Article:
Holiday shoppers nationwide hit the stores in droves during December, but spending in much of Greater Waco remained stuck in neutral, according to figures released Wednesday by the Texas Comptroller’s Office.

The city of Waco received a sales tax rebate totaling $4.14 million, which likely is the largest rebate it will collect all year. But it represents a modest 1.2 percent increase from the $4.09 million received in February last year.

Rebates received in February reflect sales in December that are reported to the Comptroller’s Office in January. The comptroller sent $912 million in rebates to cities, counties and special taxing districts, a 6.2 percent increase from last year, according to a press release from the office.

Spending has been tepid locally for months, Amarillo-based economist Karr Ingham reported. Outlays during the fourth quarter of 2017 were “essentially flat” compared to those during the same period in 2016, Ingham wrote in his monthly economic snapshot prepared for the First National Bank of Central Texas and the Tribune-Herald.

“The 2017 annual total is a record, but is up by only 0.5 percent compared to a year ago,” he said.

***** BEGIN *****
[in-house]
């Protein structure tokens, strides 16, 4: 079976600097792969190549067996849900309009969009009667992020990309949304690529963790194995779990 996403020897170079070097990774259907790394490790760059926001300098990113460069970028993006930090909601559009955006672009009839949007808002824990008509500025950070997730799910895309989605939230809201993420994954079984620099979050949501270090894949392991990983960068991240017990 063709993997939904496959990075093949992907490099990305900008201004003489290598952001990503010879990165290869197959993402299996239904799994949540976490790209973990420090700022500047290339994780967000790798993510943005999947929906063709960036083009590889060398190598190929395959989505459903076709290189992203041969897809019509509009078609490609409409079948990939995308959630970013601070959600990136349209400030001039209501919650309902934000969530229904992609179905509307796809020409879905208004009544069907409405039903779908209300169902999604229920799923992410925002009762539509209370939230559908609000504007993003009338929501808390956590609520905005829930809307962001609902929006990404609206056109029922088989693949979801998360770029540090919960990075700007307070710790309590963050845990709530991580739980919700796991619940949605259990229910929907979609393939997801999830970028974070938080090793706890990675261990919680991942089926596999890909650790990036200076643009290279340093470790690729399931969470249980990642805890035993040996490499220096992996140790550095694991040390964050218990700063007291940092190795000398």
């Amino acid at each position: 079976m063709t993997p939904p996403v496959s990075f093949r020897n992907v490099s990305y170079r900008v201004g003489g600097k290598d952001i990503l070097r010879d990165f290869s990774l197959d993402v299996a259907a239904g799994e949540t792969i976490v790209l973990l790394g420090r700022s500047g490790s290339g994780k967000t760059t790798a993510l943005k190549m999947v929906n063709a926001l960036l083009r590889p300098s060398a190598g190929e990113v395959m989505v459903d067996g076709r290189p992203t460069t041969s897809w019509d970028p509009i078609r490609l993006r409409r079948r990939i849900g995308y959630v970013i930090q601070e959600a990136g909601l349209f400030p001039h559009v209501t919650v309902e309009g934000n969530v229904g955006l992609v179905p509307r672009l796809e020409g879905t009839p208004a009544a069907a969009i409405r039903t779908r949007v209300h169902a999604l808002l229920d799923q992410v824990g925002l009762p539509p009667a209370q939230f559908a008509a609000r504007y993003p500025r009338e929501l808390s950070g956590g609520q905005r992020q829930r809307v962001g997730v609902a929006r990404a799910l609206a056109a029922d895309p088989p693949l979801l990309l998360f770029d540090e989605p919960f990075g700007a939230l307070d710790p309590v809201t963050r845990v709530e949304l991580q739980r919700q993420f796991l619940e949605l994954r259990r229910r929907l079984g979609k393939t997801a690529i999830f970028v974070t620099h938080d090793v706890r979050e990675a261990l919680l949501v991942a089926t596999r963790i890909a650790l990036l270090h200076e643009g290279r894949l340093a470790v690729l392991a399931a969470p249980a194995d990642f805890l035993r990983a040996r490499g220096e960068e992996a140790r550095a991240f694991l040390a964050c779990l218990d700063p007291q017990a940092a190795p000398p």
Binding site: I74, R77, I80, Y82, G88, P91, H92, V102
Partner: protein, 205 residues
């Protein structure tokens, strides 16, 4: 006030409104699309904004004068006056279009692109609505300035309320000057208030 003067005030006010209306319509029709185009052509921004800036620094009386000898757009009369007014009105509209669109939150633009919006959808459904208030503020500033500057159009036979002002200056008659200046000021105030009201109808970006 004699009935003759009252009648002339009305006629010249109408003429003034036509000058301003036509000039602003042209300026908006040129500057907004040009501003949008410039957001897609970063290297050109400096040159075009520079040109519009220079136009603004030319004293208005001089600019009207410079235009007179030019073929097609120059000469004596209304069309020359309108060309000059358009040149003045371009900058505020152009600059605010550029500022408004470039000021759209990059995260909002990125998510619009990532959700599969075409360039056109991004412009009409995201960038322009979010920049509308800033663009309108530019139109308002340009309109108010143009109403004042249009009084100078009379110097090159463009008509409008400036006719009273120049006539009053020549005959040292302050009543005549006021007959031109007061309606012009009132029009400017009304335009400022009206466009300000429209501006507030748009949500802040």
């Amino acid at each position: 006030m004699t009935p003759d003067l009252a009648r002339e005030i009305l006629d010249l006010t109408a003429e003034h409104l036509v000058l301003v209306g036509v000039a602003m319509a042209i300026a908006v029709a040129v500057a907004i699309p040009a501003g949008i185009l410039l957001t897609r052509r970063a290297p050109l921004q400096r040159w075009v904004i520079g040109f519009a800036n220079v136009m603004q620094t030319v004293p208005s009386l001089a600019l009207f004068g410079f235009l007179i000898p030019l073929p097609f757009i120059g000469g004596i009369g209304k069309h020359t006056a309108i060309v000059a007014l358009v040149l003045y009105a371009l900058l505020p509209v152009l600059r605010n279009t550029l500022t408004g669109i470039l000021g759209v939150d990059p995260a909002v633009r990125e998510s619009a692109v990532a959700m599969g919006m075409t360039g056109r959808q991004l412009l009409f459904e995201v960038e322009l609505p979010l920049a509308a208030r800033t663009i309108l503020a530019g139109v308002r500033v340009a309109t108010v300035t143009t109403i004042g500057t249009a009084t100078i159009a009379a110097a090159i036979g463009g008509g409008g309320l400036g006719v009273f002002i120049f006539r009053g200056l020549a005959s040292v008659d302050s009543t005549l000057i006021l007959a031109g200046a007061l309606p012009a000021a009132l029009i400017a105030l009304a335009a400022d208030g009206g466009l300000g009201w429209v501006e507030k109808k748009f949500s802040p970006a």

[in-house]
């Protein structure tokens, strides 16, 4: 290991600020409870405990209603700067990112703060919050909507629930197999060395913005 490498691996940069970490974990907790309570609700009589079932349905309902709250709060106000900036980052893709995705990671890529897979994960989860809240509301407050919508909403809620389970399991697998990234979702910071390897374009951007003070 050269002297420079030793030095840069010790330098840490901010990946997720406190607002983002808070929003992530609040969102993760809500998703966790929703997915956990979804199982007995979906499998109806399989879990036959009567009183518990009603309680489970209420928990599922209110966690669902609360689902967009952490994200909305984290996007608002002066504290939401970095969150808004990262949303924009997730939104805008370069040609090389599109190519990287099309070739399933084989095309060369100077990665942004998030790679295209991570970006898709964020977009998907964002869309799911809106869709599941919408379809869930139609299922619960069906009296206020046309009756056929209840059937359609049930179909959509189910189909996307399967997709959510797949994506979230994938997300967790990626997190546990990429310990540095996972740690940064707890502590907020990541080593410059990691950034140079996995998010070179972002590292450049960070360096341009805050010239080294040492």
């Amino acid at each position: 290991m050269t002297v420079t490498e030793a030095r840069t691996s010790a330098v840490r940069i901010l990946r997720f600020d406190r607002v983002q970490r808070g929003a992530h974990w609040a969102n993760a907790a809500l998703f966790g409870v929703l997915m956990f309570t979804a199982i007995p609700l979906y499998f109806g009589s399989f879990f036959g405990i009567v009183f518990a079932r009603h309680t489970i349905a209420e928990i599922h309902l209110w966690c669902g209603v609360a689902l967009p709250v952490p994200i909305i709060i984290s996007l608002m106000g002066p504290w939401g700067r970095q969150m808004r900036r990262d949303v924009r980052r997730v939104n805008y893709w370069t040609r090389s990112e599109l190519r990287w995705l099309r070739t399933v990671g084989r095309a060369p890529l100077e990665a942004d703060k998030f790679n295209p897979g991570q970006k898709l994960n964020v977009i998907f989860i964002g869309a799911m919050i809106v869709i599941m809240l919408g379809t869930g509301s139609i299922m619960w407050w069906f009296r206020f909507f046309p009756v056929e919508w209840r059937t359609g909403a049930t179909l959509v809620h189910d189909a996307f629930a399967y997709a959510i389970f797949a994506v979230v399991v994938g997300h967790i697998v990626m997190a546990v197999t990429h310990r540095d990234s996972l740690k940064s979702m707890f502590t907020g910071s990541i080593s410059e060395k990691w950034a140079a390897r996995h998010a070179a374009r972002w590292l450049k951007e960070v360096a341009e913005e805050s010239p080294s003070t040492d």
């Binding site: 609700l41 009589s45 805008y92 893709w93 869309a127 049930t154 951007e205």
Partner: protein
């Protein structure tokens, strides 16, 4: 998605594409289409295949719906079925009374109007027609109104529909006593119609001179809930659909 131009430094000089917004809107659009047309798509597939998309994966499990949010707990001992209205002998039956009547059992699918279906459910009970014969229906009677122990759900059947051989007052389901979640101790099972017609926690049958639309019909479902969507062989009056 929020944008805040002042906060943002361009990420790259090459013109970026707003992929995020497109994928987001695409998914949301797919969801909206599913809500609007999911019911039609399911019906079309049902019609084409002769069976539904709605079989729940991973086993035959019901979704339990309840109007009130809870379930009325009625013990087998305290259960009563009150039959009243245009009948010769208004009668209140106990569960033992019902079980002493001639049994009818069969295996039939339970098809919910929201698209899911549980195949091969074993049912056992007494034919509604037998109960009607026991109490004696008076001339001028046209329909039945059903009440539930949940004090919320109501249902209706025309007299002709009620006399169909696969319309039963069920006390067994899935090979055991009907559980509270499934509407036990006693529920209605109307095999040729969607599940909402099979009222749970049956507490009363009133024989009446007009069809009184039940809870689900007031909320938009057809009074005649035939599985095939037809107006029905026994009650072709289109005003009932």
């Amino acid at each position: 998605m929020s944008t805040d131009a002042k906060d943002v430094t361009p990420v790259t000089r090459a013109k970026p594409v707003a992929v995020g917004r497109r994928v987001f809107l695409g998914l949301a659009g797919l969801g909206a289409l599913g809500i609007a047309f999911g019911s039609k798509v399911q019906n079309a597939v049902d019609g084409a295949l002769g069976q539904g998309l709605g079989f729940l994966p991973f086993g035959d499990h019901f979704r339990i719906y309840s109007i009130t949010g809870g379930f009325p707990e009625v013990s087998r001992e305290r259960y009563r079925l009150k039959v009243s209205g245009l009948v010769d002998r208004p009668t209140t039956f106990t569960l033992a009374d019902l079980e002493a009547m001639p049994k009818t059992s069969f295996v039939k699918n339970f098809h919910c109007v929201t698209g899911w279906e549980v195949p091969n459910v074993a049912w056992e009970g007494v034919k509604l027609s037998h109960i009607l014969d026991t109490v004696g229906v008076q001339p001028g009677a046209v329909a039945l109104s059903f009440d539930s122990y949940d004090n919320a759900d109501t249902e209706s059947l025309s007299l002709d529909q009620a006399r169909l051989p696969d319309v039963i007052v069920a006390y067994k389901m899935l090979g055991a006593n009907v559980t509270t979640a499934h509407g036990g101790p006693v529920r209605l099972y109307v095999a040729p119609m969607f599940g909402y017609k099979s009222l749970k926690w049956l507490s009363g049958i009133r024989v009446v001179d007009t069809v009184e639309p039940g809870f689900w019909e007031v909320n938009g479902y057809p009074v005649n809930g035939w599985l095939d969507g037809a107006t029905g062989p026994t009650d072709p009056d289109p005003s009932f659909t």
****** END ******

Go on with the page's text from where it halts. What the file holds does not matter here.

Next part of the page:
Total retail spending for 2017 totaled $3.47 billion, Ingham said.

“General spending growth flattened in the last two years on the heels of strong growth the previous three years,” Ingham said.

Ingham analyzes sales taxes for Waco, Bellmead, Beverly Hills, Hewitt, Lacy Lakeview, Lorena, McGregor, Robinson, West and Woodway.

The city of Hewitt apparently escaped the malaise, helped by the opening of a new Walmart Supercenter in late January of last year.

It received rebates totaling $267,407 for December, a 35.8 percent jump from the $196,850 refund it collected in February of last year.

“I obviously would think Walmart is responsible for most of that,” said Hewitt City Manager Adam Miles. “I remember driving by the store on Black Friday, and the parking lot was absolutely packed. And I understand it remained that way for much of the holiday shopping season.”

This is only the second month the store has met Hewitt leaders’ predictions for a $50,000 to $100,000 monthly boost to its sales tax rebates.

Miles said the city last year overestimated the impact the Walmart store would have on sales tax rebates “because we had never had one.”

So far during the current budget year, overall sales tax revenue is exceeding updated projections.

A new Cefco convenience store at Hewitt Drive and Ritchie Road should further improve numbers, as could a new Cracker Barrel restaurant to be built on a Walmart outparcel near Interstate 35 and Sun Valley Boulevard.

“We have received final plans for Cracker Barrel, and we probably will see earth moving in a couple of months,” Miles said.

Hewitt, like most communities, places sales tax rebates in its general fund to support police and fire services, street work and park maintenance.

Elsewhere around Waco, the cities of Bellmead, Beverly Hills, Lorena, Lacy Lakeview, McGregor and West received rebates eclipsing those of February 2016. The cities of Robinson and Woodway suffered declines.

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